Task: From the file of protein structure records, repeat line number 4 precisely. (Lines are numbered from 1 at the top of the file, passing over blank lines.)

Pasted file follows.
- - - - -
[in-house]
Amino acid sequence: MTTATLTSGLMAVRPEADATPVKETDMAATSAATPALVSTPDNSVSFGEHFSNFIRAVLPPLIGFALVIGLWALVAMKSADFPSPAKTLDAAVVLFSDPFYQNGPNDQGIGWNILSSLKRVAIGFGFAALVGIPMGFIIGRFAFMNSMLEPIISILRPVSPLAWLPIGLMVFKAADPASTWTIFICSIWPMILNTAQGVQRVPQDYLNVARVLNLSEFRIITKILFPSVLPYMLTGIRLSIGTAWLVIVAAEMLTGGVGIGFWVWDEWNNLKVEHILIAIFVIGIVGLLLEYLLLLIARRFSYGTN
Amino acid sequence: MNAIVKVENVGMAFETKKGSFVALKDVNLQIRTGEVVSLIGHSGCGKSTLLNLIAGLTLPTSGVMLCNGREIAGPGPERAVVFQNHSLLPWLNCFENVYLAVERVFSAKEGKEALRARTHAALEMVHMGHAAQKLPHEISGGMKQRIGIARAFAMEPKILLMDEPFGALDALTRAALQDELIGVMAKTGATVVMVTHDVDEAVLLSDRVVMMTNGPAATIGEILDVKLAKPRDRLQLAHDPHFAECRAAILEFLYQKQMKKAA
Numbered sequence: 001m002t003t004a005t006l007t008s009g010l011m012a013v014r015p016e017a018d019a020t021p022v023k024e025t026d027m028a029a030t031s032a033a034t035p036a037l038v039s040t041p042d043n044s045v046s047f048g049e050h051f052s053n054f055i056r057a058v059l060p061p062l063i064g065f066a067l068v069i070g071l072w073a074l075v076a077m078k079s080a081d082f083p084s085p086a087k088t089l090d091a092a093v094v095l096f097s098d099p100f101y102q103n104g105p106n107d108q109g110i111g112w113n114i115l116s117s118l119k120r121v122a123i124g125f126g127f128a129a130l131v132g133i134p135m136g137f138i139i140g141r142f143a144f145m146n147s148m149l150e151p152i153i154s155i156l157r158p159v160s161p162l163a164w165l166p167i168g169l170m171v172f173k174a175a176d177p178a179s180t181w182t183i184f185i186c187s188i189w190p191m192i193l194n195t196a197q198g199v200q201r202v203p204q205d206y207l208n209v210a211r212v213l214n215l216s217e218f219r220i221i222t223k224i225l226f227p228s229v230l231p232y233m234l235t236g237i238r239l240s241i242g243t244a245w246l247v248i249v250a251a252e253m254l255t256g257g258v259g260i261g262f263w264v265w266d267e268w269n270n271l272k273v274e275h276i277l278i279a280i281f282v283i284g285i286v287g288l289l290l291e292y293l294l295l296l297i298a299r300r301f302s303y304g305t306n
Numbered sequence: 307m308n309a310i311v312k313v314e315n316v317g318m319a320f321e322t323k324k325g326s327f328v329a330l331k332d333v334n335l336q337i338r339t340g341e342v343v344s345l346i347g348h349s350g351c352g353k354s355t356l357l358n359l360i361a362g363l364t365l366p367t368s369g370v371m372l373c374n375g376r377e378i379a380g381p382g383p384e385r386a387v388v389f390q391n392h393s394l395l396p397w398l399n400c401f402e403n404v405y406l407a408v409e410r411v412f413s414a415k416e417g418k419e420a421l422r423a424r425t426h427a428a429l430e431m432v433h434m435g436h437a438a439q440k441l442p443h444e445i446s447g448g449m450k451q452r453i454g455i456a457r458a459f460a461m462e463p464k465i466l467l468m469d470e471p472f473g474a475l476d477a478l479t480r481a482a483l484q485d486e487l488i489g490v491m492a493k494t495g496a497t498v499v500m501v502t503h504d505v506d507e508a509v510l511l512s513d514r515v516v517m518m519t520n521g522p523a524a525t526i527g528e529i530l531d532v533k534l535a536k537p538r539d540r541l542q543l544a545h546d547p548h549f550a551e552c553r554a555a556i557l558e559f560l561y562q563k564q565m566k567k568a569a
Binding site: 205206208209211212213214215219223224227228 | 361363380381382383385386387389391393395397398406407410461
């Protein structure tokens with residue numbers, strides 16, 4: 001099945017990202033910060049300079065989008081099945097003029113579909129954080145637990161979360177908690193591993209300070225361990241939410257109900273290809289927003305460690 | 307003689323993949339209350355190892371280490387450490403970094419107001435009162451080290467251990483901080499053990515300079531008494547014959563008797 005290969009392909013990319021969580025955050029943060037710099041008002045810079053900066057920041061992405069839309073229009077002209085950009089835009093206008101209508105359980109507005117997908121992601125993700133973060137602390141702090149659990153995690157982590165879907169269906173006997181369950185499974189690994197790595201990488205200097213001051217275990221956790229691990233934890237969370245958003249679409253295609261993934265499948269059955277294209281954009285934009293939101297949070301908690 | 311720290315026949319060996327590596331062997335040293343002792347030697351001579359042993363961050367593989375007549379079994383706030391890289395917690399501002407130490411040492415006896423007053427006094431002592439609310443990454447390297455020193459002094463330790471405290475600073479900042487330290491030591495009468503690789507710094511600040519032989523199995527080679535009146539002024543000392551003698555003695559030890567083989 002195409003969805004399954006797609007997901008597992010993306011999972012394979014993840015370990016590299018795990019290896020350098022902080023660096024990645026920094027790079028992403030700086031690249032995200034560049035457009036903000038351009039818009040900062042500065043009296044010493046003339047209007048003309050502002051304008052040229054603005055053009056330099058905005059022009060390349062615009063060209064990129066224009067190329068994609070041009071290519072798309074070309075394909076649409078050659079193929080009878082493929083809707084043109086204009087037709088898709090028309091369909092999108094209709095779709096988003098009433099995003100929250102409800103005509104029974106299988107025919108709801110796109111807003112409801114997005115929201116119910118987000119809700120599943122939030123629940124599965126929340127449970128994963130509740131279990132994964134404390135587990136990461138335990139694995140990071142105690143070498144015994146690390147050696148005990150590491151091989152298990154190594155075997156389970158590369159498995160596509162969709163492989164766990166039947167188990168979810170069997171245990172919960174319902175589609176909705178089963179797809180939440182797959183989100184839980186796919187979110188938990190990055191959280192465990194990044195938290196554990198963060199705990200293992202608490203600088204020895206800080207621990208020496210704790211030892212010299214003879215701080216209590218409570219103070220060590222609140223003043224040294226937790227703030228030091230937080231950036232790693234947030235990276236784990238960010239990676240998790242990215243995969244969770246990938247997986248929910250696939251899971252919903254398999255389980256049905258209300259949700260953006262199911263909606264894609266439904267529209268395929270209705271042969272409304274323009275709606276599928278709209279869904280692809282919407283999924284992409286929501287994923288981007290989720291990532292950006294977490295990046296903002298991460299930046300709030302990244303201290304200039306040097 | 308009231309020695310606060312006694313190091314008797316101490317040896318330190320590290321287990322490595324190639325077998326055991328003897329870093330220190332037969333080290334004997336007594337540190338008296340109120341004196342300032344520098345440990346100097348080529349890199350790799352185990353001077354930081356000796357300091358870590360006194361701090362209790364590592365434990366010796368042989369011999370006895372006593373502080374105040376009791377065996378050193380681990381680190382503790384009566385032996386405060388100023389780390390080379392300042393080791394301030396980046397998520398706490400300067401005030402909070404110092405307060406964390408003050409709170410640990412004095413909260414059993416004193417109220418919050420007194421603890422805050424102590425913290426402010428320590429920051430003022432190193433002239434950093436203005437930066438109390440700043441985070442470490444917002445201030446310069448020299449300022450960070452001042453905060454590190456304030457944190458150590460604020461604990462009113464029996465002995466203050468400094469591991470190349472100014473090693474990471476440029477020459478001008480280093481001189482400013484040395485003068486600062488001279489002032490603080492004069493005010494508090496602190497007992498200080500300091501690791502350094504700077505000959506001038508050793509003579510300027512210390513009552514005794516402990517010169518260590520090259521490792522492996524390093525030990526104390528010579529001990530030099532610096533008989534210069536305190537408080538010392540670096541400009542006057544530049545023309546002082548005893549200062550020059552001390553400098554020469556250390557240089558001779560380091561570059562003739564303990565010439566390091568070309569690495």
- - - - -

Numbered sequence: 001m002t003t004a005t006l007t008s009g010l011m012a013v014r015p016e017a018d019a020t021p022v023k024e025t026d027m028a029a030t031s032a033a034t035p036a037l038v039s040t041p042d043n044s045v046s047f048g049e050h051f052s053n054f055i056r057a058v059l060p061p062l063i064g065f066a067l068v069i070g071l072w073a074l075v076a077m078k079s080a081d082f083p084s085p086a087k088t089l090d091a092a093v094v095l096f097s098d099p100f101y102q103n104g105p106n107d108q109g110i111g112w113n114i115l116s117s118l119k120r121v122a123i124g125f126g127f128a129a130l131v132g133i134p135m136g137f138i139i140g141r142f143a144f145m146n147s148m149l150e151p152i153i154s155i156l157r158p159v160s161p162l163a164w165l166p167i168g169l170m171v172f173k174a175a176d177p178a179s180t181w182t183i184f185i186c187s188i189w190p191m192i193l194n195t196a197q198g199v200q201r202v203p204q205d206y207l208n209v210a211r212v213l214n215l216s217e218f219r220i221i222t223k224i225l226f227p228s229v230l231p232y233m234l235t236g237i238r239l240s241i242g243t244a245w246l247v248i249v250a251a252e253m254l255t256g257g258v259g260i261g262f263w264v265w266d267e268w269n270n271l272k273v274e275h276i277l278i279a280i281f282v283i284g285i286v287g288l289l290l291e292y293l294l295l296l297i298a299r300r301f302s303y304g305t306n